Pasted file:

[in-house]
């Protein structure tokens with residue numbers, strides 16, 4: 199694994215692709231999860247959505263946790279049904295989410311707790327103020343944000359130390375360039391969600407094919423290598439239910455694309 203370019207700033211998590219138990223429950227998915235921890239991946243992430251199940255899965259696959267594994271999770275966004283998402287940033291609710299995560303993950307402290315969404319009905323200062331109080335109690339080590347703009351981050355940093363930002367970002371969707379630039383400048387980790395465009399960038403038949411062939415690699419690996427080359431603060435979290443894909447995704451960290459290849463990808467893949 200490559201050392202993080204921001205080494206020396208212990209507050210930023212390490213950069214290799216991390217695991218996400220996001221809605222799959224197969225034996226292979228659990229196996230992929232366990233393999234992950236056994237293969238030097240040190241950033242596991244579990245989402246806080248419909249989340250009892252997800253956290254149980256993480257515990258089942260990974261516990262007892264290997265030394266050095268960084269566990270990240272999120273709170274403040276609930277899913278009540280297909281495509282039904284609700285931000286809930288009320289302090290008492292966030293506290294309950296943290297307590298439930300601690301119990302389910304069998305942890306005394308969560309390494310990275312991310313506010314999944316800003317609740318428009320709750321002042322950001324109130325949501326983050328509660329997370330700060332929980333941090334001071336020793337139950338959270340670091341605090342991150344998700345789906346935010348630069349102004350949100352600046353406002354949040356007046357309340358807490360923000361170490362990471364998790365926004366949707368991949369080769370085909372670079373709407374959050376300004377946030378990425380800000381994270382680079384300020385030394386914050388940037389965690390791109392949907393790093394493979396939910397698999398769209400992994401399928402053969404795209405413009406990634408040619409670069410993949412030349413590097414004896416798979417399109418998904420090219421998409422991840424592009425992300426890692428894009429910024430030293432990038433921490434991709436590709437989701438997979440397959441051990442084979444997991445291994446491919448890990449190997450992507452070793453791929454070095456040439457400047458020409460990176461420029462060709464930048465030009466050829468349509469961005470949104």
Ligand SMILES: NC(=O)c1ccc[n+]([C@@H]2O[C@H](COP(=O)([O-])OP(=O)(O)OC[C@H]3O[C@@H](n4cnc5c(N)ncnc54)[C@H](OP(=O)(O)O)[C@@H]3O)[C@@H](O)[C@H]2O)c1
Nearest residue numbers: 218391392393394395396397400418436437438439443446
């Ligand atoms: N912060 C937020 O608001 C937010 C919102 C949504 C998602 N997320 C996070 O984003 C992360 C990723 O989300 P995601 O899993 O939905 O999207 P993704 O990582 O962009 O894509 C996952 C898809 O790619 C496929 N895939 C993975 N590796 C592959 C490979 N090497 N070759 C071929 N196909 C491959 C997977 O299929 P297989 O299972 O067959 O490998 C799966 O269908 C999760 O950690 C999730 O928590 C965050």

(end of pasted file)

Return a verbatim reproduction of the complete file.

[in-house]
């Protein structure tokens with residue numbers, strides 16, 4: 199694994215692709231999860247959505263946790279049904295989410311707790327103020343944000359130390375360039391969600407094919423290598439239910455694309 203370019207700033211998590219138990223429950227998915235921890239991946243992430251199940255899965259696959267594994271999770275966004283998402287940033291609710299995560303993950307402290315969404319009905323200062331109080335109690339080590347703009351981050355940093363930002367970002371969707379630039383400048387980790395465009399960038403038949411062939415690699419690996427080359431603060435979290443894909447995704451960290459290849463990808467893949 200490559201050392202993080204921001205080494206020396208212990209507050210930023212390490213950069214290799216991390217695991218996400220996001221809605222799959224197969225034996226292979228659990229196996230992929232366990233393999234992950236056994237293969238030097240040190241950033242596991244579990245989402246806080248419909249989340250009892252997800253956290254149980256993480257515990258089942260990974261516990262007892264290997265030394266050095268960084269566990270990240272999120273709170274403040276609930277899913278009540280297909281495509282039904284609700285931000286809930288009320289302090290008492292966030293506290294309950296943290297307590298439930300601690301119990302389910304069998305942890306005394308969560309390494310990275312991310313506010314999944316800003317609740318428009320709750321002042322950001324109130325949501326983050328509660329997370330700060332929980333941090334001071336020793337139950338959270340670091341605090342991150344998700345789906346935010348630069349102004350949100352600046353406002354949040356007046357309340358807490360923000361170490362990471364998790365926004366949707368991949369080769370085909372670079373709407374959050376300004377946030378990425380800000381994270382680079384300020385030394386914050388940037389965690390791109392949907393790093394493979396939910397698999398769209400992994401399928402053969404795209405413009406990634408040619409670069410993949412030349413590097414004896416798979417399109418998904420090219421998409422991840424592009425992300426890692428894009429910024430030293432990038433921490434991709436590709437989701438997979440397959441051990442084979444997991445291994446491919448890990449190997450992507452070793453791929454070095456040439457400047458020409460990176461420029462060709464930048465030009466050829468349509469961005470949104």
Ligand SMILES: NC(=O)c1ccc[n+]([C@@H]2O[C@H](COP(=O)([O-])OP(=O)(O)OC[C@H]3O[C@@H](n4cnc5c(N)ncnc54)[C@H](OP(=O)(O)O)[C@@H]3O)[C@@H](O)[C@H]2O)c1
Nearest residue numbers: 218391392393394395396397400418436437438439443446
């Ligand atoms: N912060 C937020 O608001 C937010 C919102 C949504 C998602 N997320 C996070 O984003 C992360 C990723 O989300 P995601 O899993 O939905 O999207 P993704 O990582 O962009 O894509 C996952 C898809 O790619 C496929 N895939 C993975 N590796 C592959 C490979 N090497 N070759 C071929 N196909 C491959 C997977 O299929 P297989 O299972 O067959 O490998 C799966 O269908 C999760 O950690 C999730 O928590 C965050």